Female infants less vulnerable to brain injury: Study
Females infants have a higher level of a protein than males that protects them against brain injury during birth which may lead to long-term neurological issues or even death, a new study has found.
Washington: Females infants have a higher level of a protein than males that protects them against brain injury during birth which may lead to long-term neurological issues or even death, a new study has found.
Each year, thousands of newborn babies suffer complications during pregnancy or birth that deprive their brains of oxygen and nutrient-rich blood and result in brain injury.
This deprivation causes hypoxic ischemic encephalopathy (HIE), which can lead to long-term neurological issues such as learning disabilities, cerebral palsy or even death.
Researchers have known for some time that male infants are more vulnerable to HIE than females, but why this gender difference exists has remained a mystery.
Scientists at the University of Wisconsin-Madison in US, led by associate professor Pelin Cengiz, found that a particular protein found in the brains of both male and female mice is present at higher levels in females, which offers them stronger protection against this type of brain injury.
"People often think that biological sex differences start to arise only after puberty, but they actually start in the womb and persist until the tomb," said Cengiz.
"So, treatment approaches that may work for newborn boys may not work for girls, and vice versa. We need to get it right to develop effective therapies," Cengiz said.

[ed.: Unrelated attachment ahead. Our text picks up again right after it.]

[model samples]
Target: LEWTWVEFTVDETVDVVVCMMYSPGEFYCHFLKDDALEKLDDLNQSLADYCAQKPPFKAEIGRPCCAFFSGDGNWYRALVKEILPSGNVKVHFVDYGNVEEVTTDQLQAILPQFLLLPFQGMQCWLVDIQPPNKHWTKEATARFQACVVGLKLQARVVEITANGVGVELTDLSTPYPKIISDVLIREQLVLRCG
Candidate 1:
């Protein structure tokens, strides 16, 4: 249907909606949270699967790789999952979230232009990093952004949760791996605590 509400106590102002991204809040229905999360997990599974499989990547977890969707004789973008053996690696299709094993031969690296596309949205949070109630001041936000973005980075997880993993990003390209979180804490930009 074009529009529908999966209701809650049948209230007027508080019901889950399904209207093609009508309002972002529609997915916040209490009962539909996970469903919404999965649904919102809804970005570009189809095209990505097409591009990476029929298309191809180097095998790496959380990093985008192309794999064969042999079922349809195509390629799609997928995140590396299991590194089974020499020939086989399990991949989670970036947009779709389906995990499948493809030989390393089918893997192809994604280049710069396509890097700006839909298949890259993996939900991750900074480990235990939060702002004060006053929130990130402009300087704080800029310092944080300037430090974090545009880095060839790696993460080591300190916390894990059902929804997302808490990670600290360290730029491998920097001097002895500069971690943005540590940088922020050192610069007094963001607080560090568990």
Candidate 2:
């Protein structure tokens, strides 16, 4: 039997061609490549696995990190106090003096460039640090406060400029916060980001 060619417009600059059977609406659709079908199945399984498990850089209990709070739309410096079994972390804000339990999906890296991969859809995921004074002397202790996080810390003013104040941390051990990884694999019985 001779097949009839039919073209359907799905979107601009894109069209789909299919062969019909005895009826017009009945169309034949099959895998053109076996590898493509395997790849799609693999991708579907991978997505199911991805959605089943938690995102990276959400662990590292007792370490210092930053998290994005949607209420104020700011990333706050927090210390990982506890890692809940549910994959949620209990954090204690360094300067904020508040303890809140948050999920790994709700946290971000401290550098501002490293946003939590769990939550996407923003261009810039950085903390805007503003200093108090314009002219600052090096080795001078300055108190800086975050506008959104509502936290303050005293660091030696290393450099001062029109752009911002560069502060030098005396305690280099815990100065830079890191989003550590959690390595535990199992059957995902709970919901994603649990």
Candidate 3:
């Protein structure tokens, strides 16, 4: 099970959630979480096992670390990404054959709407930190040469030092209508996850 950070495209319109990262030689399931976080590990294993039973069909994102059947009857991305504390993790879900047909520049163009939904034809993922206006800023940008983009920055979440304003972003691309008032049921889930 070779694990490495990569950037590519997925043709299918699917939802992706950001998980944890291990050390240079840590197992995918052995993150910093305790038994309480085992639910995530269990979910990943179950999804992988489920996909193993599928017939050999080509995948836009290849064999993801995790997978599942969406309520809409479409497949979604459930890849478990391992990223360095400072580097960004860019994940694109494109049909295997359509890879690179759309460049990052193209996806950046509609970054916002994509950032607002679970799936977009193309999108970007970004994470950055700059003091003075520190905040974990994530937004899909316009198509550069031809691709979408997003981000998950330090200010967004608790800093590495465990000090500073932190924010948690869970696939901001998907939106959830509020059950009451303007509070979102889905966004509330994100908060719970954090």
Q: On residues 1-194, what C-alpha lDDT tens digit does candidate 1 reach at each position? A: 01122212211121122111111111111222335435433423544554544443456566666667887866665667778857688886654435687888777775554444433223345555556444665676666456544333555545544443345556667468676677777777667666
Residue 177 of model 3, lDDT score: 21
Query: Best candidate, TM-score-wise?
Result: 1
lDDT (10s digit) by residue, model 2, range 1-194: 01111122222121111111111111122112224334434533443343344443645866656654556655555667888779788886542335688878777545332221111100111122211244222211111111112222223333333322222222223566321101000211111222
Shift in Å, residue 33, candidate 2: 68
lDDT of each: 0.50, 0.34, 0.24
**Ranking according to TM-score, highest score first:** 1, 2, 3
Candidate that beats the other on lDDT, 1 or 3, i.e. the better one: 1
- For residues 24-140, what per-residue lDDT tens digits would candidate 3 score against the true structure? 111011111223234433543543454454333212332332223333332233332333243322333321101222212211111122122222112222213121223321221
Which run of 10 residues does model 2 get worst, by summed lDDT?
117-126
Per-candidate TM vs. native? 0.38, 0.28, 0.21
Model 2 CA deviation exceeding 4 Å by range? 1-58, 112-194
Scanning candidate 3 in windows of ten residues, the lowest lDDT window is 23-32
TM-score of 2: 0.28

The protein is called oestrogen receptor a (ERa). A particular drug known to protect female but not male newborn mice from the effects of brain injury caused by HIE, researchers said.
The drug works by turning on a cascade of protective effects in the brain in response to oxygen deprivation and reduced blood flow.
Researchers found that, like the drug, ERa also causes a similar cascade in infant mice and the protein is actually required for the drug to be effective.
They found that female mice lacking the ERa protein could not activate protective factors following HIE, even when treated with the drug.
When the researchers studied the brains of male and female mice that could make the ERa protein, they learned that levels of this protective protein were significantly higher in female compared to male brains following oxygen deprivation and reduced blood flow.
"Under normal circumstances the brains of male and female mice have similar amounts of ERa," said Cengiz, who is now exploring why ERa levels increase in female but not male brains after HIE.
Understanding the mechanism of how female brains are more resistant to damage from oxygen deprivation and reduced blood flow is a first step towards helping newborns of both sexes recover after suffering from HIE and live functional lives.
It could also lead to more effective therapies and treatments for both genders, Cengiz said.
The study was published in the journal eNeuro.